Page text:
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Newark Life

The fascinating history of two storied universities

Dec 01, 2023 11:41AM ● By Tricia Hoadley
By Gene Pisasale
Contributing Writer

“Knowledge is the light of the mind.” - University of Delaware motto

Most people are not aware that one man played a role in the beginnings of two major educational institutions well known throughout the region. Those venues—the University of Delaware and University of Pennsylvania—stand today among the oldest and most respected in their states. This individual was a highly renowned classical scholar, an authority in both Greek and Latin studies, considered an expert in his field. That man was Francis Alison.

Francis Alison was born on January 1, 1705 in County Donegal, Ireland. He was likely first educated in a little-known Presbyterian academy in Dublin, but is believed to have attended both the University of Glasgow and the University of Edinburgh, where he earned a Master’s Degree in 1733. Alison emigrated to America in 1735, going first to Talbot County, Maryland and later to the village of New London in Chester County, Pennsylvania. Alison was ordained as a Presbyterian minister in 1737 and became pastor of a church in New London. Early on, he served as a tutor to the Dickinson family, whose son John Dickinson would study law and become known as the “Penman of the American Revolution” through his many writings. Dickinson’s “Letters from a Farmer in Pennsylvania” were instrumental in formulating colonial opposition to British policies, printed in newspapers throughout the colonies.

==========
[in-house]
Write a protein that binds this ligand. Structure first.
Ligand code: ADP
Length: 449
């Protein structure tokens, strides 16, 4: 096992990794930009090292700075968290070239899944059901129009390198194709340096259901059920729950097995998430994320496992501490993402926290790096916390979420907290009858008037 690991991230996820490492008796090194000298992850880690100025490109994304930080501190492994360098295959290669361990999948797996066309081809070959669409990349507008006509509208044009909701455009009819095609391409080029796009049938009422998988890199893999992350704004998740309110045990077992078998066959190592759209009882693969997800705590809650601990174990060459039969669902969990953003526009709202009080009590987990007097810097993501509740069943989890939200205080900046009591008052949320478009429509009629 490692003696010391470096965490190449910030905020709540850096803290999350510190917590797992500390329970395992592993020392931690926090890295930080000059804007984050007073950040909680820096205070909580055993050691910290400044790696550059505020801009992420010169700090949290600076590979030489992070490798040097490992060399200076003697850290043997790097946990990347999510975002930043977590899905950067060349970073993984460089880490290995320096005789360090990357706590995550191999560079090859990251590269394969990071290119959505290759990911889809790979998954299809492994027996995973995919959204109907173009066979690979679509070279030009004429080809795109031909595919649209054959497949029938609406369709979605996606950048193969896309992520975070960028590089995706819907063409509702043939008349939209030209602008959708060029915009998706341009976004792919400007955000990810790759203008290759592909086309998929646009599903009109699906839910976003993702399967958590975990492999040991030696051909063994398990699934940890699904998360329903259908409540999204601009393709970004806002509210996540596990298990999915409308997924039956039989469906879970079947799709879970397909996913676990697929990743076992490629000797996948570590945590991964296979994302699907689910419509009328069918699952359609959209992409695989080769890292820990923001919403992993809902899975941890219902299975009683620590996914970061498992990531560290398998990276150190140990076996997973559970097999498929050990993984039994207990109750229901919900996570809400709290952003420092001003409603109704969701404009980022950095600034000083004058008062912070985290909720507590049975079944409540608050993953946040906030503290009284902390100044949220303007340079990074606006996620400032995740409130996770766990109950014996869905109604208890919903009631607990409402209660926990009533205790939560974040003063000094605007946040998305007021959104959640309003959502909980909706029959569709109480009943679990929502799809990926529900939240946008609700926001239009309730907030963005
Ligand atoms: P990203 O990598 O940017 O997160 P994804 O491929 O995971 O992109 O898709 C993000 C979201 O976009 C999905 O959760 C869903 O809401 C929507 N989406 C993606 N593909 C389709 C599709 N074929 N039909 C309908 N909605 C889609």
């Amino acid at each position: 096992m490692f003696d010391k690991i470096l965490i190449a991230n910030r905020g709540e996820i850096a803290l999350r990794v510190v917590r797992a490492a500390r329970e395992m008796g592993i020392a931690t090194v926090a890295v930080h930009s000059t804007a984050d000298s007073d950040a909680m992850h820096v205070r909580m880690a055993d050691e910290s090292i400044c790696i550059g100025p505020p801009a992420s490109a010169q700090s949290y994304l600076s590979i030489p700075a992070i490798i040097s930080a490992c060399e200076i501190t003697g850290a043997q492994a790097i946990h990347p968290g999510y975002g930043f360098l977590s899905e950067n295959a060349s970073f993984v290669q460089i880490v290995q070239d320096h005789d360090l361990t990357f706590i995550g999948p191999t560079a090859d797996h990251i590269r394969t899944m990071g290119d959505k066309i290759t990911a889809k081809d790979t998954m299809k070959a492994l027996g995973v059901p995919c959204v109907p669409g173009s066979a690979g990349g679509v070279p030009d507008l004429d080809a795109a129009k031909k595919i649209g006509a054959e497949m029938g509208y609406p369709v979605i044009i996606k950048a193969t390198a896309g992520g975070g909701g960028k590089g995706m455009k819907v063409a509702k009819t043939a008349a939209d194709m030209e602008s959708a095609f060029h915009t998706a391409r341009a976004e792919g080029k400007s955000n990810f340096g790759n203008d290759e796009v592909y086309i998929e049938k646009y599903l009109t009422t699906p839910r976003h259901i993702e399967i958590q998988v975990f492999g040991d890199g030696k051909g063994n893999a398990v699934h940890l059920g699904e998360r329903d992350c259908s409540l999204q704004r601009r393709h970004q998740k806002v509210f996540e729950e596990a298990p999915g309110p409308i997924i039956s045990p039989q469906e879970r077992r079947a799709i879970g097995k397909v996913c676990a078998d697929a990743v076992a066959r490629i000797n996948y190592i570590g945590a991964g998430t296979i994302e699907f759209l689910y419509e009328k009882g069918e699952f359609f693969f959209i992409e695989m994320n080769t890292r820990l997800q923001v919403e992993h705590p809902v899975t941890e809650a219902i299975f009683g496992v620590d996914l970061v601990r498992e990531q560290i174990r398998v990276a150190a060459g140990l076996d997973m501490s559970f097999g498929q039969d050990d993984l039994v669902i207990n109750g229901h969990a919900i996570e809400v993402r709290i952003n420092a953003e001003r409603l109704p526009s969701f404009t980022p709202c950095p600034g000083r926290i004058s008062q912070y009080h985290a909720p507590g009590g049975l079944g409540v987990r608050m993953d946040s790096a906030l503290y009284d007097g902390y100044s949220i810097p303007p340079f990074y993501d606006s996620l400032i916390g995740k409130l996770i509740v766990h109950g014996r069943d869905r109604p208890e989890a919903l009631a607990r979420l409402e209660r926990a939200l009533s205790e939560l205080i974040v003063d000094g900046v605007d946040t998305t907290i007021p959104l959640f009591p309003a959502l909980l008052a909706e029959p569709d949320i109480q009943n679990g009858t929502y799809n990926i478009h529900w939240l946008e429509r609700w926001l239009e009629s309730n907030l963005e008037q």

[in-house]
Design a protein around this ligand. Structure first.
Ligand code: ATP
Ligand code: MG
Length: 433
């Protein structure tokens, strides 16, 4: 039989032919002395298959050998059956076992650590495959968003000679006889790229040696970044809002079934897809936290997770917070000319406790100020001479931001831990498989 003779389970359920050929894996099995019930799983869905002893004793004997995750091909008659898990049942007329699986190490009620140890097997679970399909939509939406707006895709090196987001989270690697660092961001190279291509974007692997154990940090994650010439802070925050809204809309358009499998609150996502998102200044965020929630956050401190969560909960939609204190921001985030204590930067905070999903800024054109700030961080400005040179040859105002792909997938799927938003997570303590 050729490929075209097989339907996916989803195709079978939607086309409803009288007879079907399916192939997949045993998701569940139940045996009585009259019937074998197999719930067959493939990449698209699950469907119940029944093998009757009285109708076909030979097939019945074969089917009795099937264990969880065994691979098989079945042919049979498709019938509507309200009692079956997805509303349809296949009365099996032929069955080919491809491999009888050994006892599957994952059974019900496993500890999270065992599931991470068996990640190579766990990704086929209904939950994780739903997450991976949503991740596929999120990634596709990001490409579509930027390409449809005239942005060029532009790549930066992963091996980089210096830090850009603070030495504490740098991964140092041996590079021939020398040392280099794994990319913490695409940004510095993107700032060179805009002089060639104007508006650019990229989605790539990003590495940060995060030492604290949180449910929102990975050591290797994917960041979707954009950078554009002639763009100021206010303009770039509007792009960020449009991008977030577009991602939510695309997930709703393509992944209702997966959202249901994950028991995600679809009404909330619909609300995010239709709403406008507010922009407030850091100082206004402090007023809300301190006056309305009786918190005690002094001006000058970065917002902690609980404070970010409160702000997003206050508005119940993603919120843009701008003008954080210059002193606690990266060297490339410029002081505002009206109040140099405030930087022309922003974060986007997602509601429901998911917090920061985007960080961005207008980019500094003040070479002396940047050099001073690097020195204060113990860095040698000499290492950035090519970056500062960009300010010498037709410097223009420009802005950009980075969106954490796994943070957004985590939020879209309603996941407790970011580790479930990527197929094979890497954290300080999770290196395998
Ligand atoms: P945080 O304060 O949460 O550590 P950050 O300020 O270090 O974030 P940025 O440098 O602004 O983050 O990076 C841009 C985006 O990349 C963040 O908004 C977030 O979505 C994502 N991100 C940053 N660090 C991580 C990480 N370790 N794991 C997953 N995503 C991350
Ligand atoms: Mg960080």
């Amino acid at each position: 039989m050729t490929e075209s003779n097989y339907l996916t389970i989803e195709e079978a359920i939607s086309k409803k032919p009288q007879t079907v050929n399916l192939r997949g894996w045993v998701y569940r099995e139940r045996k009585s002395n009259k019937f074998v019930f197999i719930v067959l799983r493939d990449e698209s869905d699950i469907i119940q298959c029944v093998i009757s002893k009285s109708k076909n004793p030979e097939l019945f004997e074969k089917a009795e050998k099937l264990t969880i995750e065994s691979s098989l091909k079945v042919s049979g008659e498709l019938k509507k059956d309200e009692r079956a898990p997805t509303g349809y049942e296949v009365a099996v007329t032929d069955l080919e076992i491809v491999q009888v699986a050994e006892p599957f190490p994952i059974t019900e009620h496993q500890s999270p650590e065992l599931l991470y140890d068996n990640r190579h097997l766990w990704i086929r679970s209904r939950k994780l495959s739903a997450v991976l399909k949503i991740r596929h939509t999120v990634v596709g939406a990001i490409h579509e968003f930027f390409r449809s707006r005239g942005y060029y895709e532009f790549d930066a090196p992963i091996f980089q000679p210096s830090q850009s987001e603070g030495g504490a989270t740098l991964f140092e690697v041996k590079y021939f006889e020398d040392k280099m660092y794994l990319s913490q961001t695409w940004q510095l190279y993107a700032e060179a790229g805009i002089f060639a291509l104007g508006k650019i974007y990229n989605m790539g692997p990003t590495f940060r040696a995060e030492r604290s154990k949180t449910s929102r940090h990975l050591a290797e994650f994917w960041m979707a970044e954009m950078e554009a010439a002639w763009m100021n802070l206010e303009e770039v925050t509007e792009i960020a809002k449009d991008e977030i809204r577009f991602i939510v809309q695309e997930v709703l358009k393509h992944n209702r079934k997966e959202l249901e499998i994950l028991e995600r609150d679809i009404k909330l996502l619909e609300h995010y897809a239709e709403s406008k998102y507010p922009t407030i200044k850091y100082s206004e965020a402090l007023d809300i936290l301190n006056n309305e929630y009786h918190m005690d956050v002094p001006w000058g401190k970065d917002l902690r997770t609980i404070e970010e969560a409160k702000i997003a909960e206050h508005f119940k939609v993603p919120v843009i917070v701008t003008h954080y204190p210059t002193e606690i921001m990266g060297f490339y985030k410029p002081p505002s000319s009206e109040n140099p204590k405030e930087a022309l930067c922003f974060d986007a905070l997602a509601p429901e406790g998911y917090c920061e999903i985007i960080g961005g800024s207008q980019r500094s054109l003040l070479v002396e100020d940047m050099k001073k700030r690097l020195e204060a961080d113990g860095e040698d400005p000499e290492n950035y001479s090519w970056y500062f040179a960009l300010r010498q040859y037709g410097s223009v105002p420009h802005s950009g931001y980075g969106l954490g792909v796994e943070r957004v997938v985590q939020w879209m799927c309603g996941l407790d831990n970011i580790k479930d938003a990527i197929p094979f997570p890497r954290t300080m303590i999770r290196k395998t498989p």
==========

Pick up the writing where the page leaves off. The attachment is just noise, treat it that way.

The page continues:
In 1743, Alison founded the New London Academy, today considered one of the oldest schools in the American colonies, where he was a tough, but effective taskmaster and an inspiration to his students. One can judge the effectiveness of a teacher by how well their students perform later in life. Some of Alison’s would influence the future course of our nation. Historian John Munroe wrote that Alison’s first graduating class was “possibly the most distinguished in terms of later achievements of its members … of any class in any school in America…” Charles Thomson would serve as the Secretary of the Continental Congress for its entire existence, from 1774- 1789. Three of Alison’s other students- Thomas McKean, George Read and James Smith- would become signers of the Declaration of Independence. McKean would also serve as Governor of both Delaware and Pennsylvania. Two historic markers in New London highlight many of these accomplishments.